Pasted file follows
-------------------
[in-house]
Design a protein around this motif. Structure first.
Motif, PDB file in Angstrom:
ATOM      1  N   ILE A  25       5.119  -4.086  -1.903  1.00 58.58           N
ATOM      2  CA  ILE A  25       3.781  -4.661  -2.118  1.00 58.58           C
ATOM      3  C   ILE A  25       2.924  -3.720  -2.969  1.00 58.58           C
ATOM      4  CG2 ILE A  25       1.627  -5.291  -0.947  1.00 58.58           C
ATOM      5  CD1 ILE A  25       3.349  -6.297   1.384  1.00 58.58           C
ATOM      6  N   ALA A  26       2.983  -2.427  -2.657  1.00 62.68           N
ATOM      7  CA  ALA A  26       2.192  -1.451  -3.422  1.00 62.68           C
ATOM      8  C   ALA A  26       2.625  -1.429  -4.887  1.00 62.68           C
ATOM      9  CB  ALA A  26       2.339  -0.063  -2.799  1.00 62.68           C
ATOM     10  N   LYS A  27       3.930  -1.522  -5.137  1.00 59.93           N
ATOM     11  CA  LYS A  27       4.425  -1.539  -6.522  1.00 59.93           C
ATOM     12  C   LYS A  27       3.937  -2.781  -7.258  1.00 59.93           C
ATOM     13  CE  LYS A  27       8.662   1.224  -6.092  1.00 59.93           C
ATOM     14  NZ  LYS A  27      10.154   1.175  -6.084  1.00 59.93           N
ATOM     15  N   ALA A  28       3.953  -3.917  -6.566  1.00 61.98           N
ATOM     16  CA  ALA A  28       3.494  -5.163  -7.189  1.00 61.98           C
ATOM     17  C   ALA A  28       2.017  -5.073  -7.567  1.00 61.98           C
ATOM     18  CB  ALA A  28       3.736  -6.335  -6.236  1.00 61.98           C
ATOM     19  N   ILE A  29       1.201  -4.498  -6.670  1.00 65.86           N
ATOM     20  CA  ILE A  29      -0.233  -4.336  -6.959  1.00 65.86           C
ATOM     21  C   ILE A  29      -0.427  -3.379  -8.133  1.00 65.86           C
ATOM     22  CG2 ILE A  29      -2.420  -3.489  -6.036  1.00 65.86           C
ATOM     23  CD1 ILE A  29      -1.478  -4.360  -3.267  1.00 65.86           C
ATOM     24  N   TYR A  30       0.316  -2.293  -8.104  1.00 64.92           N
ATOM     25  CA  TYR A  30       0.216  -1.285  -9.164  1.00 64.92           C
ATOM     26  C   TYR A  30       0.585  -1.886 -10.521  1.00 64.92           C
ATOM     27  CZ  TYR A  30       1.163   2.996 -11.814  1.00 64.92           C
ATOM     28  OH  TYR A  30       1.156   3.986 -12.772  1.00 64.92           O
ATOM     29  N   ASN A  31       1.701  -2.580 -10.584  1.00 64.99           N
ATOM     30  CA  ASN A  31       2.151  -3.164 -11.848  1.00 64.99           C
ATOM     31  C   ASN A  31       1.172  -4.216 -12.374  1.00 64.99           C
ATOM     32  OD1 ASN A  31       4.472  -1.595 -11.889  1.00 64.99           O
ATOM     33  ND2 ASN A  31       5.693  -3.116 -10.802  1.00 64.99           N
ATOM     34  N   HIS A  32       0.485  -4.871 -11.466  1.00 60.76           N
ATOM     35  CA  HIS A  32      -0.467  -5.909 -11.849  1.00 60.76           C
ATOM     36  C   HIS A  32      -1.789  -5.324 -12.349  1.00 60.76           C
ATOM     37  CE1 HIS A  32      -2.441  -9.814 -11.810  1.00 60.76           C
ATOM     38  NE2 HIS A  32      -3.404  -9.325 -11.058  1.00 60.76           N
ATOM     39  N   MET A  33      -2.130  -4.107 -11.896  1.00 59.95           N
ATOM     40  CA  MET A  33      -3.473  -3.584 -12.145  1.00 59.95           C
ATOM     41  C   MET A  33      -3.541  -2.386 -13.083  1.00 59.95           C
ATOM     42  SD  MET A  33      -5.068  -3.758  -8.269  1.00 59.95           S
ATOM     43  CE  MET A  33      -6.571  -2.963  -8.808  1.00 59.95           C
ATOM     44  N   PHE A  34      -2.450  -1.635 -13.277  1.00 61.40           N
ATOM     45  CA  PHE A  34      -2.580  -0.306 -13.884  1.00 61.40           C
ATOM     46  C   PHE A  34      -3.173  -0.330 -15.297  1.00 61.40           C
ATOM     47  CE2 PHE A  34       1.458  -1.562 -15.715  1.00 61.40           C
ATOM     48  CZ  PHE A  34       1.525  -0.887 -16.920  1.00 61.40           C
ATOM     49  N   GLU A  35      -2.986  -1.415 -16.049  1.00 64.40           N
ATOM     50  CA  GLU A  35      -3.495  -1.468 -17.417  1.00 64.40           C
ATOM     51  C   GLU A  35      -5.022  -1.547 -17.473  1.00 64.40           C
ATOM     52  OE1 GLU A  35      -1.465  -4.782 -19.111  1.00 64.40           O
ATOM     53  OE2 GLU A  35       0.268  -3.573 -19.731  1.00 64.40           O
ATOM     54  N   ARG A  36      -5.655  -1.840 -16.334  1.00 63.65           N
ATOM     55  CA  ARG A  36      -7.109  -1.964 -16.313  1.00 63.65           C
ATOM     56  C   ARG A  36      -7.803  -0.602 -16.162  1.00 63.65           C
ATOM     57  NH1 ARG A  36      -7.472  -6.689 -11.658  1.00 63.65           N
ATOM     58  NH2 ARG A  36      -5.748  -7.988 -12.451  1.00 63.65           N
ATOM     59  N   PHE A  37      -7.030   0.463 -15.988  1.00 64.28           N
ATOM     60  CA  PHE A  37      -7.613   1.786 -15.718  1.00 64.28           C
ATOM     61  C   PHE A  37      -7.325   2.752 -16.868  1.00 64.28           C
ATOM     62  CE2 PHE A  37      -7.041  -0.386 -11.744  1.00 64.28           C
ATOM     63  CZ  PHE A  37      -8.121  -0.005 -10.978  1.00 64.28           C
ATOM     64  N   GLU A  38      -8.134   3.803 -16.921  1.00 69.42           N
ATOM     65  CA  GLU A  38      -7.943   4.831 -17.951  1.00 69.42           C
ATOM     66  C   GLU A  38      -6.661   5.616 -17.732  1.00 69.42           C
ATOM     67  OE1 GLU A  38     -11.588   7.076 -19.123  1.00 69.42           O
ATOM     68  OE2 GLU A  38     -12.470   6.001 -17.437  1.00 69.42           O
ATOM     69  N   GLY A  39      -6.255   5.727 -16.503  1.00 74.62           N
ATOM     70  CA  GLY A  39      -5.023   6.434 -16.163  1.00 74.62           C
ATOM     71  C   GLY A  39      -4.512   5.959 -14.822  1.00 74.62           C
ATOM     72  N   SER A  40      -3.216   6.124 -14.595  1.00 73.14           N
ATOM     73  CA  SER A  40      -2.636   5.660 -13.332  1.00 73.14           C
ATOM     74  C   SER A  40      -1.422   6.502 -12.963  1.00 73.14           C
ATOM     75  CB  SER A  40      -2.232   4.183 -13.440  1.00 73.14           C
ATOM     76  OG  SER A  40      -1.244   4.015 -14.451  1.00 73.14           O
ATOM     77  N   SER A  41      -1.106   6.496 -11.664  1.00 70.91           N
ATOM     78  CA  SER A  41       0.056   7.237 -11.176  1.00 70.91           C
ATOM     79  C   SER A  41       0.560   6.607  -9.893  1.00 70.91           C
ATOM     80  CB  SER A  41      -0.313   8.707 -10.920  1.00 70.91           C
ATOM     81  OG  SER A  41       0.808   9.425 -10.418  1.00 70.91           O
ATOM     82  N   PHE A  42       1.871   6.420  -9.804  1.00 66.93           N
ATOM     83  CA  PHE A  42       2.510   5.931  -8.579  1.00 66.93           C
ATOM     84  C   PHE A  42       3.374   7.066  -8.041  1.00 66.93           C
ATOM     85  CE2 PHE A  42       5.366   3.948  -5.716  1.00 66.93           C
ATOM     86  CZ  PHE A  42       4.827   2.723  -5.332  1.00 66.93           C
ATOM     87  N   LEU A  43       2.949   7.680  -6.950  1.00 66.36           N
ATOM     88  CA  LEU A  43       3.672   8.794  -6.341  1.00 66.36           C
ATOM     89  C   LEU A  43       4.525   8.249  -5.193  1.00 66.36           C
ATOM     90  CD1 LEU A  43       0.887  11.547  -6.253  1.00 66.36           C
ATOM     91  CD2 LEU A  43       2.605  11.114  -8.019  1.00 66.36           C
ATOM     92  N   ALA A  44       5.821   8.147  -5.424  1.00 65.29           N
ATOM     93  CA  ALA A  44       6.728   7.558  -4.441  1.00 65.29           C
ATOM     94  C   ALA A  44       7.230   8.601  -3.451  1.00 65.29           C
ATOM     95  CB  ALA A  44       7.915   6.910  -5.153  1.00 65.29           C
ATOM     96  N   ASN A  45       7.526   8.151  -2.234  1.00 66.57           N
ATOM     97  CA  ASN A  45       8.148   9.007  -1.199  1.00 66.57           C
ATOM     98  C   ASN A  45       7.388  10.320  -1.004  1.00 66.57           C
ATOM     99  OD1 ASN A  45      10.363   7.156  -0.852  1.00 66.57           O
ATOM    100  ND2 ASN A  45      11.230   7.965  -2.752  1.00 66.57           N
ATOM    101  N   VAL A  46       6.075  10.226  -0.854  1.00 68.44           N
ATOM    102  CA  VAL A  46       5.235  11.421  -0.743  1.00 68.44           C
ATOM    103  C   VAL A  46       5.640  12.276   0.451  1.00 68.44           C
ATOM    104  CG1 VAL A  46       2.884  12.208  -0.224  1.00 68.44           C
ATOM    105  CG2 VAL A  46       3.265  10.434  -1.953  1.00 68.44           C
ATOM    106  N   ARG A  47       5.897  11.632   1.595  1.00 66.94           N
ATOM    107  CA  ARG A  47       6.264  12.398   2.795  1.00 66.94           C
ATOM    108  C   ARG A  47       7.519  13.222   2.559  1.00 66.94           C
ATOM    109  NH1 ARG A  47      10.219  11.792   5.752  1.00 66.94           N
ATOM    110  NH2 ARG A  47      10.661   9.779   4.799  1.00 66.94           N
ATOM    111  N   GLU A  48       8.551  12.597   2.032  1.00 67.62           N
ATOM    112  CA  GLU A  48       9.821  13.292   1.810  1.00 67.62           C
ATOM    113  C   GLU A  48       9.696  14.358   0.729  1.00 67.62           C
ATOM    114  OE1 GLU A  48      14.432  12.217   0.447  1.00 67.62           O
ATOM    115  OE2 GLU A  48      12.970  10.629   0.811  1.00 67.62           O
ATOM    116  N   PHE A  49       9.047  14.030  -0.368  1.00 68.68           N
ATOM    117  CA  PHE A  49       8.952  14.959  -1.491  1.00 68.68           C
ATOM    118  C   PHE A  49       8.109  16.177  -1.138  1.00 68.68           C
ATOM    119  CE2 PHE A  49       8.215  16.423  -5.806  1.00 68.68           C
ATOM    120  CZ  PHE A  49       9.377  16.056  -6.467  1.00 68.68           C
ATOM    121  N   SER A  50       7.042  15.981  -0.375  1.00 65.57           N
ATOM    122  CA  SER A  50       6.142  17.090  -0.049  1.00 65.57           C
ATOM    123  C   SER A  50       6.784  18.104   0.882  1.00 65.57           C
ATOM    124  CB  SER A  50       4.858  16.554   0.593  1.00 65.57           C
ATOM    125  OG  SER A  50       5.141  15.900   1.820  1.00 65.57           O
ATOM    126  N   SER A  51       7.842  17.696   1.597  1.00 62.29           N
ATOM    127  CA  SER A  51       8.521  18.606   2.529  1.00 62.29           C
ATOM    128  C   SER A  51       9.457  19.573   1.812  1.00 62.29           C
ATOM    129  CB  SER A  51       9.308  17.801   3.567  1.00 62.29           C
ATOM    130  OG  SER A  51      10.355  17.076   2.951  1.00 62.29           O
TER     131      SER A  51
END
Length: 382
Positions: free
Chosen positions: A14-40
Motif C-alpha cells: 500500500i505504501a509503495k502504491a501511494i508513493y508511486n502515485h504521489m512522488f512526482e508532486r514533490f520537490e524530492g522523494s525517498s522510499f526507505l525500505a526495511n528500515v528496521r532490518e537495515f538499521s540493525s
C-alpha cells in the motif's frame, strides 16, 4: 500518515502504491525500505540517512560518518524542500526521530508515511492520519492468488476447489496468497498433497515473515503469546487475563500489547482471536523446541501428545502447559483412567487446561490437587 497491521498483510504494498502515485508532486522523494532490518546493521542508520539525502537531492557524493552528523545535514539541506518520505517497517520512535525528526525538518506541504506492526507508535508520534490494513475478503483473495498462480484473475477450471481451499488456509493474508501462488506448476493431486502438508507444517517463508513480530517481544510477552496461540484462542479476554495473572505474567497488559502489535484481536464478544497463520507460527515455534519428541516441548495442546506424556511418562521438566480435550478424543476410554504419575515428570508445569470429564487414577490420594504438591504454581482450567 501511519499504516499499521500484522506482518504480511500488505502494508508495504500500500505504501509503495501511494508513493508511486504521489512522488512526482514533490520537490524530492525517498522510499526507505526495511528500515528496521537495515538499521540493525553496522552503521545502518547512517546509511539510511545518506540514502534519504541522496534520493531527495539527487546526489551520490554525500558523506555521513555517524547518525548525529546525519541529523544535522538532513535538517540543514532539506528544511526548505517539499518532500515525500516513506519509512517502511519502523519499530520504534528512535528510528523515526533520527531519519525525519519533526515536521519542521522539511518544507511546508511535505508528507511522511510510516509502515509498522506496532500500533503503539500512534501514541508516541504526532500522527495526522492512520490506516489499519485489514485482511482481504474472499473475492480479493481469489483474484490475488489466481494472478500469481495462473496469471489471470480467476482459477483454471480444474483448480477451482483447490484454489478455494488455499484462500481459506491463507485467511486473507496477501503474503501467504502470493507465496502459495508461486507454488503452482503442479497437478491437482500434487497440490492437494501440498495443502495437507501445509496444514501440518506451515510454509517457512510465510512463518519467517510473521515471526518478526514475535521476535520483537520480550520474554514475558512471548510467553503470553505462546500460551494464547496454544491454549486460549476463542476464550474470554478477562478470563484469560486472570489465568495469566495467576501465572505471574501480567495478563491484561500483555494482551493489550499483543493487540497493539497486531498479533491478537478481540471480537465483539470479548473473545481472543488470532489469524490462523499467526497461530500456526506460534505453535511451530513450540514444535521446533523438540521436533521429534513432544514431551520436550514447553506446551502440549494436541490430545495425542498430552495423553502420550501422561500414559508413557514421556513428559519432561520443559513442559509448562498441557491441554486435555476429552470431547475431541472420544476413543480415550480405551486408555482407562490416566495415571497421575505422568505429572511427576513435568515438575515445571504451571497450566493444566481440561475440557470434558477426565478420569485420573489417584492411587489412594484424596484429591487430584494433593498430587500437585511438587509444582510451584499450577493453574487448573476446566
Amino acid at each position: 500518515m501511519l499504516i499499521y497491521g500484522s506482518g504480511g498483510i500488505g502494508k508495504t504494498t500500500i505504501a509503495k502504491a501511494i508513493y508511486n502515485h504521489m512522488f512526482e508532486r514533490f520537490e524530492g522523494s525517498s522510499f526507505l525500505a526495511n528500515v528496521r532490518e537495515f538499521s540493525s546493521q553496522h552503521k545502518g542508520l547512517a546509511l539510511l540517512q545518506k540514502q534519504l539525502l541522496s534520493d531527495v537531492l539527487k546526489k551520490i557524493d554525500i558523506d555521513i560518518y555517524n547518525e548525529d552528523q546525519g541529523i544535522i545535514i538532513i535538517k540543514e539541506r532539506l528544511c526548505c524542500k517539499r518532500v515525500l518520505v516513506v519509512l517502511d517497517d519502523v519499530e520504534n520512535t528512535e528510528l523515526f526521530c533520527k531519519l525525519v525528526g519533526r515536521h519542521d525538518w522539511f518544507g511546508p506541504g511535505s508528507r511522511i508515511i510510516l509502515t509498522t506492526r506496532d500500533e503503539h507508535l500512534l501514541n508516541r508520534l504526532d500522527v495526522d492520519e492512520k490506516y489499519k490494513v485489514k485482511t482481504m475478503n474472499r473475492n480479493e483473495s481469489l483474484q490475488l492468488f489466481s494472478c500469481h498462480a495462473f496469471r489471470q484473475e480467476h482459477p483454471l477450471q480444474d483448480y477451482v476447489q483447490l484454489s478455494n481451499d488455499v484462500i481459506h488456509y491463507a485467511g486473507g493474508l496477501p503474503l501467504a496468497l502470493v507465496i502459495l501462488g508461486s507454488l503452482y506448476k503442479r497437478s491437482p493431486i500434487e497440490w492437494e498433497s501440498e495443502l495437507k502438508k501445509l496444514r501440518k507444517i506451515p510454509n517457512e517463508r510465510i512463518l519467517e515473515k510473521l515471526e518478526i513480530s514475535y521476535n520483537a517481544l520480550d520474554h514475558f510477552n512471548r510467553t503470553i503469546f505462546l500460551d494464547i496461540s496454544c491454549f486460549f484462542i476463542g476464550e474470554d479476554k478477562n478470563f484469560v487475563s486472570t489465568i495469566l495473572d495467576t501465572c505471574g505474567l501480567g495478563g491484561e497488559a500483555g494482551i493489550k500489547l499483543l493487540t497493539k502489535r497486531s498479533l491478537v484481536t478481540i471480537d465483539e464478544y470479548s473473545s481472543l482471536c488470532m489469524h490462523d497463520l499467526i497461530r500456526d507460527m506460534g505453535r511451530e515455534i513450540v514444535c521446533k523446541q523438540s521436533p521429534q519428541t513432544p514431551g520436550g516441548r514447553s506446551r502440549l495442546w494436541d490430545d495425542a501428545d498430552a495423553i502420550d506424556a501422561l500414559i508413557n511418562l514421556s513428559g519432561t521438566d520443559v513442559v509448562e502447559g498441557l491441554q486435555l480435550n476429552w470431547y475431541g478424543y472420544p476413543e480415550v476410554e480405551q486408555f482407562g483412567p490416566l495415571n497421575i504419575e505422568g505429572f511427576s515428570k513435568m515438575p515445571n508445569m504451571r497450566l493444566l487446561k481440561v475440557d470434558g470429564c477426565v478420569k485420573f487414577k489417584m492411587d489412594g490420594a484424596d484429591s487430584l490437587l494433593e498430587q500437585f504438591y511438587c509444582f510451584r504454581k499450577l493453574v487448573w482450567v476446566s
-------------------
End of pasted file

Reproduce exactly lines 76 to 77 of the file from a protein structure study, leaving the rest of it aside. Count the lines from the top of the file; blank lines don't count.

ATOM     73  CA  SER A  40      -2.636   5.660 -13.332  1.00 73.14           C
ATOM     74  C   SER A  40      -1.422   6.502 -12.963  1.00 73.14           C